Wing walker, pilot die in Ohio air-show crash
CINCINNATI — A plane carrying a wing walker crashed Saturday at an air show and exploded into flames, killing the pilot and stunt walker instantly, authorities said.
The crash happened at around 12:45 p.m. at the Vectren Air Show at Dayton International Airport. No spectators were hurt.
A video posted on WHIO-TV shows the plane turn upside-down as the performer sits on top of the wing. The plane then tilts and crashes to the ground, exploding into flames as spectators screamed.
Ian Hoyt, 20, an aviation photographer and licensed pilot from Findlay, was at the show with his girlfriend. He told The Associated Press he was taking photos as the plane passed by and had just raised his camera to take another shot.
"Then I realized they were too low and too slow. And before I knew it, they hit the ground," he said.
He couldn't tell exactly what happened, but it appeared that the plane stalled and didn't have enough air speed, he said.
"I'm still shaking," Hoyt said. He said he had been excited to see the show because he'd never seen the scheduled performer - wing walker Jane Wicker - in action.
The names of those killed weren't immediately released, but a schedule on the event's website and the announcer at the show said Wicker was performing.
Airport spokeswoman Linda Hughes and Ohio State Highway Patrol Lt. Anne Ralston confirmed the deaths to the AP.
The show was canceled for the rest of the day, but organizers said events would resume Sunday. The National Transportation Safety Board said it is investigating the crash.
Another spectator, Shawn Warwick of New Knoxville, told the Dayton Daily News that he was watching the flight through binoculars.
"I noticed it was upside-down really close to the ground. She was sitting on the bottom of the plane," he said. "I saw it just go right into the ground and explode."
Wicker's website says she responded to a classified ad from the Flying Circus Airshow in Bealeton, Va., in 1990, for a wing-walking position, thinking it would be fun. Her full-time job was as a budget analyst for the Federal Aviation Administration, according to her website.
She told WDTN-TV in an interview this week that her signature move was hanging underneath the plane's wing by her feet and sitting on the bottom of the airplane while it's upside-down.
"I'm never nervous or scared because I know if I do everything as I usually do, everything's going to be just fine," she told the station.
Wicker wrote on her website that she had never had any close calls.
"What you see us do out there is after an enormous amount of practice and fine tuning, not to mention the airplane goes through microscopic care. It is a managed risk and that is what keeps us alive," she wrote.
In 2007, veteran stunt pilot Jim LeRoy was killed at the Dayton show when his biplane slammed into the runway while performing loop-to-loops and caught fire.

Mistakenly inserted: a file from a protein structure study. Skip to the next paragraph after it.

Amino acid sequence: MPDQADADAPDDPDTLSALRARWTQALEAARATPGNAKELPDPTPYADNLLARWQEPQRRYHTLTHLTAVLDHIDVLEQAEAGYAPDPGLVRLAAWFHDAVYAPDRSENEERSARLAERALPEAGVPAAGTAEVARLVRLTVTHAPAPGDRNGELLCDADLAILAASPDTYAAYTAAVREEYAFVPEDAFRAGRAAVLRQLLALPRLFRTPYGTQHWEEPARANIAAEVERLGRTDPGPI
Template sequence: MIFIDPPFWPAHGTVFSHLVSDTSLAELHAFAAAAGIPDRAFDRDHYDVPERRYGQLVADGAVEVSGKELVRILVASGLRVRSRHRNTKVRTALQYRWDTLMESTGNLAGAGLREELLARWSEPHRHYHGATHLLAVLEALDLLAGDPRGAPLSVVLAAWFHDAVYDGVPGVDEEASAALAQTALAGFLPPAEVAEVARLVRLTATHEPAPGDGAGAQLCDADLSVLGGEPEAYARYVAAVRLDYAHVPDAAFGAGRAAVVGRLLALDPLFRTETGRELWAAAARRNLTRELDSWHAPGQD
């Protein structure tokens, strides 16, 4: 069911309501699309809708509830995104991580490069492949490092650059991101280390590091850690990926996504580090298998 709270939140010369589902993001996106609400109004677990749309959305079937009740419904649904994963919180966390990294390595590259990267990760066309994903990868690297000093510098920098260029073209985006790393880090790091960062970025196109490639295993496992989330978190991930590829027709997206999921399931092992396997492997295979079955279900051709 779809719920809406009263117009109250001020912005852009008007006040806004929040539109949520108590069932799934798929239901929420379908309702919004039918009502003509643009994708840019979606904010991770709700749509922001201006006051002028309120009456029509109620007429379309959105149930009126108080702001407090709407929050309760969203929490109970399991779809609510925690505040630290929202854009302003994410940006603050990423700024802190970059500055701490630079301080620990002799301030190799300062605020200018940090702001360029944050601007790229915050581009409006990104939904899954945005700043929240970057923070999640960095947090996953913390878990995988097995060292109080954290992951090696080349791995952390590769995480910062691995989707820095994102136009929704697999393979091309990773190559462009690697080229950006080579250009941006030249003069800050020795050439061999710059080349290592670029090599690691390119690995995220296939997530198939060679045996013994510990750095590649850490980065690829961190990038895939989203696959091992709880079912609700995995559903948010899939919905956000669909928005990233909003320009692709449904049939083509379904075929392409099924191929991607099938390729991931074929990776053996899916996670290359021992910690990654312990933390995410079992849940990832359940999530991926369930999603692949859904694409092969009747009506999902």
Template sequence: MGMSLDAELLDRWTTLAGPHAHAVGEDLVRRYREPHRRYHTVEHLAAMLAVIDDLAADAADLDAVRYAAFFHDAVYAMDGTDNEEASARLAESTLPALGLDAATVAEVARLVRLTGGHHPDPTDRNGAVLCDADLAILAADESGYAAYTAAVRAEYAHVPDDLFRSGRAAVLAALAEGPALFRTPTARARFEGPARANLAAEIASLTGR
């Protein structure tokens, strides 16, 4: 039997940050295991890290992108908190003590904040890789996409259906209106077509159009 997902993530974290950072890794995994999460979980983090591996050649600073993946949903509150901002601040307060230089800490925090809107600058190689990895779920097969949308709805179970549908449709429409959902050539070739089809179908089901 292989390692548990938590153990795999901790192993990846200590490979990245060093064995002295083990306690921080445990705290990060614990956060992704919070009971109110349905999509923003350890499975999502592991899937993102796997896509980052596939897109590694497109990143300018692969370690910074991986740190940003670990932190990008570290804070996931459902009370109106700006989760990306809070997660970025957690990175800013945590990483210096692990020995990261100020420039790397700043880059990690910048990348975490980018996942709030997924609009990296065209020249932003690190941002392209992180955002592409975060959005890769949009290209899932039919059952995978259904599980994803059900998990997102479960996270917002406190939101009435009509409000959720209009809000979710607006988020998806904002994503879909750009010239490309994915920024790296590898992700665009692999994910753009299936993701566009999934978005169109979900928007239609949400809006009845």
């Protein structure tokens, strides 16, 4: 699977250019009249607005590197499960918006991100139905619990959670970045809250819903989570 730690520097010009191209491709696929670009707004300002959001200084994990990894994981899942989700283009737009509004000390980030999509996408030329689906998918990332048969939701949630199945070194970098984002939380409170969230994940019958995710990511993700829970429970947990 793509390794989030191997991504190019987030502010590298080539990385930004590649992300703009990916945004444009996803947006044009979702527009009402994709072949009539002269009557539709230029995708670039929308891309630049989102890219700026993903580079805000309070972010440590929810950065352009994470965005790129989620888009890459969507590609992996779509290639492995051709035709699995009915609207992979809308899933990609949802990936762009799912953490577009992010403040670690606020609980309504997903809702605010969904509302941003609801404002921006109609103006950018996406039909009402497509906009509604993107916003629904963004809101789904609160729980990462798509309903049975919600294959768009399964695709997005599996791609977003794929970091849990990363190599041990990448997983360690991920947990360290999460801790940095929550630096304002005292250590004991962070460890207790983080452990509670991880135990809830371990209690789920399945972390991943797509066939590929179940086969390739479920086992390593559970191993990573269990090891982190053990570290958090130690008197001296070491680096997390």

Organizers were presenting a trimmed-down show and expected smaller crowds at Dayton after the Air Force Thunderbirds and other military participants pulled out this year because of federal budget cuts.
The air show, one of the country's oldest, usually draws around 70,000 people and has a $3.2 million impact on the local economy. Without military aircraft and support, the show expected attendance to be off 30 percent or more.
Show commenting policy
TribLive commenting policy
You are solely responsible for your comments and by using TribLive.com you agree to our Terms of Service.
We moderate comments. Our goal is to provide substantive commentary for a general readership. By screening submissions, we provide a space where readers can share intelligent and informed commentary that enhances the quality of our news and information.
While most comments will be posted if they are on-topic and not abusive, moderating decisions are subjective. We will make them as carefully and consistently as we can. Because of the volume of reader comments, we cannot review individual moderation decisions with readers.
We value thoughtful comments representing a range of views that make their point quickly and politely. We make an effort to protect discussions from repeated comments either by the same reader or different readers.
We follow the same standards for taste as the daily newspaper. A few things we won't tolerate: personal attacks, obscenity, vulgarity, profanity (including expletives and letters followed by dashes), commercial promotion, impersonations, incoherence, proselytizing and SHOUTING. Don't include URLs to Web sites.
We do not edit comments. They are either approved or deleted. We reserve the right to edit a comment that is quoted or excerpted in an article. In this case, we may fix spelling and punctuation.
We welcome strong opinions and criticism of our work, but we don't want comments to become bogged down with discussions of our policies and we will moderate accordingly.
We appreciate it when readers and people quoted in articles or blog posts point out errors of fact or emphasis and will investigate all assertions. But these suggestions should be sent via e-mail. To avoid distracting other readers, we won't publish comments that suggest a correction. Instead, corrections will be made in a blog post or in an article.
- Rollout of health exchange draws flak from GAO official
- IRS calls right-wing Republicans ‘crazies’ in emails
- Tea Party opposition threatens House GOP’s border bill
- Stowaway’s access to Air Force plane eyed
- 6 narcotics officers charged with racketeering
- Ground Zero ship dated to 1773
- N.Y. opera proposes mediation as lockout looms
- $17B emergency funding for Veterans Affairs health care system passes House, heads to Senate
- Charges against Fla. mom raise ire
- House’s vote to sue Obama is historic foray into checks, balances
- U.S. coal exports undermine clean air efforts, experts say